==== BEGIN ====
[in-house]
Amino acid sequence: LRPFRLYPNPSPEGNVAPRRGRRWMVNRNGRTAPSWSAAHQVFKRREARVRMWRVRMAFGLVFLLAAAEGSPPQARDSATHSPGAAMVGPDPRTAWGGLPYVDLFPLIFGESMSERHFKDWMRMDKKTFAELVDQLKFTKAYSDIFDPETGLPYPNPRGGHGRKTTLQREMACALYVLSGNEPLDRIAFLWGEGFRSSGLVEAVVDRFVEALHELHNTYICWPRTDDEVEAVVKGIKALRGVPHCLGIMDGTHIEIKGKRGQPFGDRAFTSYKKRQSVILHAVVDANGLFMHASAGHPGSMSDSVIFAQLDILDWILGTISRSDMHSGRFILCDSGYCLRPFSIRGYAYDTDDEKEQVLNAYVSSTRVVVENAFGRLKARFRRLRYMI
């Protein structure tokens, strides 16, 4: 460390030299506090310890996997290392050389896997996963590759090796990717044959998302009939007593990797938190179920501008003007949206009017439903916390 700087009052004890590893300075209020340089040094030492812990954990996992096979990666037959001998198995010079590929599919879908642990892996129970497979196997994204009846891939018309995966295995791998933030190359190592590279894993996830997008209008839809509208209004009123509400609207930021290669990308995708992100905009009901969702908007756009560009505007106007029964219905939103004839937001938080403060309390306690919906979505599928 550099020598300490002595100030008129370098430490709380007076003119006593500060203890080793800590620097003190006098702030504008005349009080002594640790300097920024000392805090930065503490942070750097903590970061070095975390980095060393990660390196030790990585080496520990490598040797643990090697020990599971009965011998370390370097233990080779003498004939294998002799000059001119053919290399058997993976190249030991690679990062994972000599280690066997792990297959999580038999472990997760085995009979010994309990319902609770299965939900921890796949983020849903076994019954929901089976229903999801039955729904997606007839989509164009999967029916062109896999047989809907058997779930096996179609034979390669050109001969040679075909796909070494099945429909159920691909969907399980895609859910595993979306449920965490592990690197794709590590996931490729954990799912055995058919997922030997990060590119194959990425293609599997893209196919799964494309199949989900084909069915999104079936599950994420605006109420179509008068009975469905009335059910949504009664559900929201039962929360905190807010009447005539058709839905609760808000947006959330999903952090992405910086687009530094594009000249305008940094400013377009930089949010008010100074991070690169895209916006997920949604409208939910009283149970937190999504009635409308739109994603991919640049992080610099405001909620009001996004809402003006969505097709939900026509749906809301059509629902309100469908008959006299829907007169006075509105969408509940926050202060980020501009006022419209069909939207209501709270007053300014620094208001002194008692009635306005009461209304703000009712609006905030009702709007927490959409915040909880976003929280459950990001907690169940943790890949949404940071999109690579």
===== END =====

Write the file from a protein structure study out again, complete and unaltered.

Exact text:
[in-house]
Amino acid sequence: LRPFRLYPNPSPEGNVAPRRGRRWMVNRNGRTAPSWSAAHQVFKRREARVRMWRVRMAFGLVFLLAAAEGSPPQARDSATHSPGAAMVGPDPRTAWGGLPYVDLFPLIFGESMSERHFKDWMRMDKKTFAELVDQLKFTKAYSDIFDPETGLPYPNPRGGHGRKTTLQREMACALYVLSGNEPLDRIAFLWGEGFRSSGLVEAVVDRFVEALHELHNTYICWPRTDDEVEAVVKGIKALRGVPHCLGIMDGTHIEIKGKRGQPFGDRAFTSYKKRQSVILHAVVDANGLFMHASAGHPGSMSDSVIFAQLDILDWILGTISRSDMHSGRFILCDSGYCLRPFSIRGYAYDTDDEKEQVLNAYVSSTRVVVENAFGRLKARFRRLRYMI
């Protein structure tokens, strides 16, 4: 460390030299506090310890996997290392050389896997996963590759090796990717044959998302009939007593990797938190179920501008003007949206009017439903916390 700087009052004890590893300075209020340089040094030492812990954990996992096979990666037959001998198995010079590929599919879908642990892996129970497979196997994204009846891939018309995966295995791998933030190359190592590279894993996830997008209008839809509208209004009123509400609207930021290669990308995708992100905009009901969702908007756009560009505007106007029964219905939103004839937001938080403060309390306690919906979505599928 550099020598300490002595100030008129370098430490709380007076003119006593500060203890080793800590620097003190006098702030504008005349009080002594640790300097920024000392805090930065503490942070750097903590970061070095975390980095060393990660390196030790990585080496520990490598040797643990090697020990599971009965011998370390370097233990080779003498004939294998002799000059001119053919290399058997993976190249030991690679990062994972000599280690066997792990297959999580038999472990997760085995009979010994309990319902609770299965939900921890796949983020849903076994019954929901089976229903999801039955729904997606007839989509164009999967029916062109896999047989809907058997779930096996179609034979390669050109001969040679075909796909070494099945429909159920691909969907399980895609859910595993979306449920965490592990690197794709590590996931490729954990799912055995058919997922030997990060590119194959990425293609599997893209196919799964494309199949989900084909069915999104079936599950994420605006109420179509008068009975469905009335059910949504009664559900929201039962929360905190807010009447005539058709839905609760808000947006959330999903952090992405910086687009530094594009000249305008940094400013377009930089949010008010100074991070690169895209916006997920949604409208939910009283149970937190999504009635409308739109994603991919640049992080610099405001909620009001996004809402003006969505097709939900026509749906809301059509629902309100469908008959006299829907007169006075509105969408509940926050202060980020501009006022419209069909939207209501709270007053300014620094208001002194008692009635306005009461209304703000009712609006905030009702709007927490959409915040909880976003929280459950990001907690169940943790890949949404940071999109690579």